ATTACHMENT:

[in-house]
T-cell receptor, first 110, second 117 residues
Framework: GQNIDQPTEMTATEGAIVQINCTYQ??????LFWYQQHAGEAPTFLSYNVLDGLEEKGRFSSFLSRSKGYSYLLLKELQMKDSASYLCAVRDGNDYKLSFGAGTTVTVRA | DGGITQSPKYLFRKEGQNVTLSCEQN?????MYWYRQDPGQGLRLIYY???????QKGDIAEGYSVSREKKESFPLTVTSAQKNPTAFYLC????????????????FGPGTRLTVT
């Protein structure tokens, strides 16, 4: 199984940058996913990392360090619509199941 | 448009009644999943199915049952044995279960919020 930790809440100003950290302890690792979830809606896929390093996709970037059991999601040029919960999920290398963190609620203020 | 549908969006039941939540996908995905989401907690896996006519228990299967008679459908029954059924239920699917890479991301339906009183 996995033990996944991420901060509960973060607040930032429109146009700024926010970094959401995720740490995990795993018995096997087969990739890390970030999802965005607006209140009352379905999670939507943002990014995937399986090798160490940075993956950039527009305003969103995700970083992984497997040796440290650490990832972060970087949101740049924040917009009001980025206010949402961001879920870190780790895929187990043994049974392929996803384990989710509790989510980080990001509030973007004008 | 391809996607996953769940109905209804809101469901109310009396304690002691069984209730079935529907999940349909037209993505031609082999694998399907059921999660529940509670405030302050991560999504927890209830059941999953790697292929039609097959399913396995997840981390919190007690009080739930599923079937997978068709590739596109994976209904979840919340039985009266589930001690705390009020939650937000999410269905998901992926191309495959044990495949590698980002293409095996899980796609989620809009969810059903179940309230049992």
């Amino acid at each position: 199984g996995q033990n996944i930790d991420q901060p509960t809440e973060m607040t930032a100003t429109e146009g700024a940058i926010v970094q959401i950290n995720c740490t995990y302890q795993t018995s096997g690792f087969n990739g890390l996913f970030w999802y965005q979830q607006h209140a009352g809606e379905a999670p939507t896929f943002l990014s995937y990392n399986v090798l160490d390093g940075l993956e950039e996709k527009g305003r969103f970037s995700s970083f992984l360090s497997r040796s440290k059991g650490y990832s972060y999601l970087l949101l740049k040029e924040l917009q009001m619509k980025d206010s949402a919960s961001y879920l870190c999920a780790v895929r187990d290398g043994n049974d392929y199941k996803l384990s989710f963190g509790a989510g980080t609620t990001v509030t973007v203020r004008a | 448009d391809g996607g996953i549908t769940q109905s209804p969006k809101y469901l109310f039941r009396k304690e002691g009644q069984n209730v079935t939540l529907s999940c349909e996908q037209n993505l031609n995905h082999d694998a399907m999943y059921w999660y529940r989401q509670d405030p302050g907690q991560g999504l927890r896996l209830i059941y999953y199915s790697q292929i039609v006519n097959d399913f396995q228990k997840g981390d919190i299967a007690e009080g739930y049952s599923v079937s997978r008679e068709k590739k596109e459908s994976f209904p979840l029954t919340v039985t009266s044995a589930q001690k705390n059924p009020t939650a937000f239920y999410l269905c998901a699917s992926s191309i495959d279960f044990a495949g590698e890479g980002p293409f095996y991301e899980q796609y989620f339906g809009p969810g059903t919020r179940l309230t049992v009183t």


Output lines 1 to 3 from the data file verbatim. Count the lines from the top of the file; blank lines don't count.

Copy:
[in-house]
T-cell receptor, first 110, second 117 residues
Framework: GQNIDQPTEMTATEGAIVQINCTYQ??????LFWYQQHAGEAPTFLSYNVLDGLEEKGRFSSFLSRSKGYSYLLLKELQMKDSASYLCAVRDGNDYKLSFGAGTTVTVRA | DGGITQSPKYLFRKEGQNVTLSCEQN?????MYWYRQDPGQGLRLIYY???????QKGDIAEGYSVSREKKESFPLTVTSAQKNPTAFYLC????????????????FGPGTRLTVT